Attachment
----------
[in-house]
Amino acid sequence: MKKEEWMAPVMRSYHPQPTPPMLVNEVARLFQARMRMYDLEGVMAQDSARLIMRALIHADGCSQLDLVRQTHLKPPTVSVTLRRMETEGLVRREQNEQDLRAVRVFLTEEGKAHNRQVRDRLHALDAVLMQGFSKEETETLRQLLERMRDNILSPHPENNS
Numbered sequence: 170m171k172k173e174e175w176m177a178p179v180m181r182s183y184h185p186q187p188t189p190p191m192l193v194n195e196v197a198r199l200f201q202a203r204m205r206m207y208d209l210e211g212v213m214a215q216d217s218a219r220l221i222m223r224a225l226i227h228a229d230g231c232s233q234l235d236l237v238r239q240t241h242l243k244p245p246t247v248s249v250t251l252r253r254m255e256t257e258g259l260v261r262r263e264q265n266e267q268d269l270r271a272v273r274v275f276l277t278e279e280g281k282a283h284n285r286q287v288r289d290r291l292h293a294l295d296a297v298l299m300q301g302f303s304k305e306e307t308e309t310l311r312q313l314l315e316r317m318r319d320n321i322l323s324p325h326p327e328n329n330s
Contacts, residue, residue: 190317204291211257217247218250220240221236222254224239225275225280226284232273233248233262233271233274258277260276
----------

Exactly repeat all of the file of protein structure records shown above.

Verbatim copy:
[in-house]
Amino acid sequence: MKKEEWMAPVMRSYHPQPTPPMLVNEVARLFQARMRMYDLEGVMAQDSARLIMRALIHADGCSQLDLVRQTHLKPPTVSVTLRRMETEGLVRREQNEQDLRAVRVFLTEEGKAHNRQVRDRLHALDAVLMQGFSKEETETLRQLLERMRDNILSPHPENNS
Numbered sequence: 170m171k172k173e174e175w176m177a178p179v180m181r182s183y184h185p186q187p188t189p190p191m192l193v194n195e196v197a198r199l200f201q202a203r204m205r206m207y208d209l210e211g212v213m214a215q216d217s218a219r220l221i222m223r224a225l226i227h228a229d230g231c232s233q234l235d236l237v238r239q240t241h242l243k244p245p246t247v248s249v250t251l252r253r254m255e256t257e258g259l260v261r262r263e264q265n266e267q268d269l270r271a272v273r274v275f276l277t278e279e280g281k282a283h284n285r286q287v288r289d290r291l292h293a294l295d296a297v298l299m300q301g302f303s304k305e306e307t308e309t310l311r312q313l314l315e316r317m318r319d320n321i322l323s324p325h326p327e328n329n330s
Contacts, residue, residue: 190317204291211257217247218250220240221236222254224239225275225280226284232273233248233262233271233274258277260276